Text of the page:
There are two points that make Creality Ender 3 printer stand out from the rest of the machines out there. First and foremost, is its amazingly low price: The printer retails for less than $200. Apart from that, it is highly upgradable as well. With a little fine-tuning and tweaking, you can get this printer to perform really well indeed.
Creality’s Ender 3 entered the market a couple of years back and it quickly surged to the top of the budget 3D printer ratings. Thanks to exploding sales it decimated many models available in the market at that point in time.
It quickly garnered a fan following and many fresh upgrades and mods started to pop up from its dedicated community of followers. In fact, simply typing ‘Creality Ender 3″ on YouTube will show you the massive number of modifications and assembly widows available for this model.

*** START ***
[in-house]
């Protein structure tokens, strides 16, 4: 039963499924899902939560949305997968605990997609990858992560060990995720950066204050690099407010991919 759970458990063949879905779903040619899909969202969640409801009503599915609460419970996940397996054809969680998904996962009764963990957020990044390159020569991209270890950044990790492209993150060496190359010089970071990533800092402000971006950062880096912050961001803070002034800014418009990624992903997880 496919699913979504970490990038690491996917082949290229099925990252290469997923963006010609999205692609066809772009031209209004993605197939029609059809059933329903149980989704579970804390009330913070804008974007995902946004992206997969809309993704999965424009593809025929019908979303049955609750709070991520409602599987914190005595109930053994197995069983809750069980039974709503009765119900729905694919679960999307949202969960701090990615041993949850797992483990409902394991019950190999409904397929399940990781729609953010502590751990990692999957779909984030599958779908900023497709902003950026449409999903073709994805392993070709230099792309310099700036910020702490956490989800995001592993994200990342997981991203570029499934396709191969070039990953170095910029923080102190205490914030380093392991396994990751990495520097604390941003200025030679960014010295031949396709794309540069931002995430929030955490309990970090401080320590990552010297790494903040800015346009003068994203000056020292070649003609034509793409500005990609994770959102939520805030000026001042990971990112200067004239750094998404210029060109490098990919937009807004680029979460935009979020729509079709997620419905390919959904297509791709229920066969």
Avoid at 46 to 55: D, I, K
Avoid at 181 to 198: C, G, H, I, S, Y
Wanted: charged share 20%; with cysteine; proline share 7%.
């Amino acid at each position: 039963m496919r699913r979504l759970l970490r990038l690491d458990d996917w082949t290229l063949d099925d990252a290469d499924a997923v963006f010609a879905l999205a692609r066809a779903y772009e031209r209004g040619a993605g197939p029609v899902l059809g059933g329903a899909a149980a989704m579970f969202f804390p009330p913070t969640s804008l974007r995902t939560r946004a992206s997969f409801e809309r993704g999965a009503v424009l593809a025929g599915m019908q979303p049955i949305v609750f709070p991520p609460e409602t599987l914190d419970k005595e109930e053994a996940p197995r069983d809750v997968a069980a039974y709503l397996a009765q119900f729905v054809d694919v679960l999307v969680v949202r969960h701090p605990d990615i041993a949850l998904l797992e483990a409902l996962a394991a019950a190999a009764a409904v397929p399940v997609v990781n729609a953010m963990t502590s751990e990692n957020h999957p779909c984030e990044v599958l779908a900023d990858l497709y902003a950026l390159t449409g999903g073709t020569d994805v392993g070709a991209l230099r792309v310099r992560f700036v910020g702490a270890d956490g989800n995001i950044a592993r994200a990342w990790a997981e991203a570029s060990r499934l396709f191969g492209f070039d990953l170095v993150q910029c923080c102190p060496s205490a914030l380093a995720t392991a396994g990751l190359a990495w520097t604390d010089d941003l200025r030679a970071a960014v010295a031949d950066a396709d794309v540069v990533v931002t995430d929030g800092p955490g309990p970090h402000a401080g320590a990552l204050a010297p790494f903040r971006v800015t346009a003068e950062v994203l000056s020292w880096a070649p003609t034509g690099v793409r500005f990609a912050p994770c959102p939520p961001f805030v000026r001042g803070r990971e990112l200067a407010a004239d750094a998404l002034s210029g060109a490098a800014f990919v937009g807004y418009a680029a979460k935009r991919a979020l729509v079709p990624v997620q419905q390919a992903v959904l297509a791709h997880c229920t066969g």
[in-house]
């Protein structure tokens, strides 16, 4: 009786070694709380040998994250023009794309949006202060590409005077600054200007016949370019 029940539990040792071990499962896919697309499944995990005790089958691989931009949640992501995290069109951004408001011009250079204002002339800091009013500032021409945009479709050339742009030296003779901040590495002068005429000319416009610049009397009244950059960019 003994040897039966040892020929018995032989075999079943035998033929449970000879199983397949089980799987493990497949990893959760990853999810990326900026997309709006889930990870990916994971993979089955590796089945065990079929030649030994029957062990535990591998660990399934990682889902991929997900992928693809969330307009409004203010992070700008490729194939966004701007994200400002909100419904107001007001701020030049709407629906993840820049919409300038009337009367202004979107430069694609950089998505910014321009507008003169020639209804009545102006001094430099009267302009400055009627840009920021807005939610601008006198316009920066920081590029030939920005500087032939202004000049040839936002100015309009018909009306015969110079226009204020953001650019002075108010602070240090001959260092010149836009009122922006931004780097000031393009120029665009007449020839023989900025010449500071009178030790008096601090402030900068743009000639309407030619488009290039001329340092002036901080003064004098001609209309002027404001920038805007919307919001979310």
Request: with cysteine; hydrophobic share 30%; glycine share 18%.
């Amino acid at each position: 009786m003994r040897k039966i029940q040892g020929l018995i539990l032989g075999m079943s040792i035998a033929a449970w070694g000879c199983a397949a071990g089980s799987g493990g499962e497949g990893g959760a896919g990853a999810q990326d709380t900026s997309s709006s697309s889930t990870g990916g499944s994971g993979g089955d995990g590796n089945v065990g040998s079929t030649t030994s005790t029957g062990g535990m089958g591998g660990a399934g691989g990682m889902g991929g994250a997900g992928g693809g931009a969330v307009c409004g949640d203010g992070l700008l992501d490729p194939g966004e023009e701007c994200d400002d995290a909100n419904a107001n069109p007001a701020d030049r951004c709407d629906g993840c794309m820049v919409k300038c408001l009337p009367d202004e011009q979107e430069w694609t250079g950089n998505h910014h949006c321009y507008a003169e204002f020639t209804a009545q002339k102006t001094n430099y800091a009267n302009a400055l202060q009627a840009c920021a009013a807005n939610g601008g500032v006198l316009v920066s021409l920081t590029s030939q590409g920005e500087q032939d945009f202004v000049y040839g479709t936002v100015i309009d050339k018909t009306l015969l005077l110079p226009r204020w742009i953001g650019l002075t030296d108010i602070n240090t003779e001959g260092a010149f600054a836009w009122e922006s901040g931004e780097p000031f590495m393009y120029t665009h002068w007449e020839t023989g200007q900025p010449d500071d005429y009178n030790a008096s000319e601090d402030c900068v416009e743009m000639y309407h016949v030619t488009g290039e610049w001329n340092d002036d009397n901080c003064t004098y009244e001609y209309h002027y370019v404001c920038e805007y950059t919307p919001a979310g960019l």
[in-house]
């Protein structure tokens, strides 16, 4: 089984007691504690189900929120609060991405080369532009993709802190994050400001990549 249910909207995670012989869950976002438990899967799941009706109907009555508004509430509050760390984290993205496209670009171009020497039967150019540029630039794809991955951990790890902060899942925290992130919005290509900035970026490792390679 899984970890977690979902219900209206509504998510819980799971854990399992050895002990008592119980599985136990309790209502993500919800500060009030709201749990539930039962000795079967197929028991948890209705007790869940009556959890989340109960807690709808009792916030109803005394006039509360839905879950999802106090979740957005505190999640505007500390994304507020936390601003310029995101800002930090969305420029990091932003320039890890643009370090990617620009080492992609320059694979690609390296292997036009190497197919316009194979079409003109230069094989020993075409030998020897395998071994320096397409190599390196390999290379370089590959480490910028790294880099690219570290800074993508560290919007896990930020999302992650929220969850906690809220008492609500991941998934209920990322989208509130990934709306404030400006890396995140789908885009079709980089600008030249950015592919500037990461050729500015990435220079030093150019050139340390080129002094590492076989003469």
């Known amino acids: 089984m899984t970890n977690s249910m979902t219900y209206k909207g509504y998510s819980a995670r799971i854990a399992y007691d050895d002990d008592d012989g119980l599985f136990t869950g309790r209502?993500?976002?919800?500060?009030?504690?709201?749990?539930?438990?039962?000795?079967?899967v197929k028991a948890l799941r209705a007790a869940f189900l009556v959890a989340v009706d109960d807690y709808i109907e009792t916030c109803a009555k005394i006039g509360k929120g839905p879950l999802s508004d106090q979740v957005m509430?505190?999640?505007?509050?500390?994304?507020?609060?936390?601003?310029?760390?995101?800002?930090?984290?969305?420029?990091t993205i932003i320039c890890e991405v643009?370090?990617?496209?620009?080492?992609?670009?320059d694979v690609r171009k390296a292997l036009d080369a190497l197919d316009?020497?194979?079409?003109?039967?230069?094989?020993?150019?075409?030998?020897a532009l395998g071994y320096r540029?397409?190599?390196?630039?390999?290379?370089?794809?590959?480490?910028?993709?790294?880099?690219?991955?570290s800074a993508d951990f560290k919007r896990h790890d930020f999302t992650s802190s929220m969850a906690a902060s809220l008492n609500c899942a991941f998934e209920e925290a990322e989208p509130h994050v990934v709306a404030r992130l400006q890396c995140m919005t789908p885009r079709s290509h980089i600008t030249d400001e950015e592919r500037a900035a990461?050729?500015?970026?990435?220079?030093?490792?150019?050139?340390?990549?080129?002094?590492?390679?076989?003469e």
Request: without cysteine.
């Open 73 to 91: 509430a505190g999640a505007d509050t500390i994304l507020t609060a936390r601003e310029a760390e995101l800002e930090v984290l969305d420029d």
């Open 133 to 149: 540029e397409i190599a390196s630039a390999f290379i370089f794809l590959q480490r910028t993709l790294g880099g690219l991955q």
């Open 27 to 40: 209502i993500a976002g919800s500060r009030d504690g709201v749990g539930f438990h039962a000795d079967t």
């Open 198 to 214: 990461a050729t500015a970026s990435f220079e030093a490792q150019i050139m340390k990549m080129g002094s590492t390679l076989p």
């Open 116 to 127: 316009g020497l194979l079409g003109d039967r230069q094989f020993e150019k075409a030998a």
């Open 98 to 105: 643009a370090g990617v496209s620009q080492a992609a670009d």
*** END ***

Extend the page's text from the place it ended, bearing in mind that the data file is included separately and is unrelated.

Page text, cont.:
Soon, even Creality itself started retailing board upgrades and other vital parts such as auto-leveling sensors, for their Ender 3 series.
The machine offers a reasonably decent build volume in return for its low price. Yes, it is not as large as its Ender 5 counterpart, but then, it is not very expensive either.
However, here it is pertinent to note that this 3D printer certainly does require an intense assembly process. Even if your DIY (do it yourself) skills are spot on, it will still take you at least a few hours before you will be able to complete it. The instruction manual is quite rudimentary at best.
But once you have tweaked the machine a bit, you will be able to get some pretty high-quality prints from it. The unit tends to give problems with bed adhesion and this holds particularly true when you use some of the more exotic filaments out there.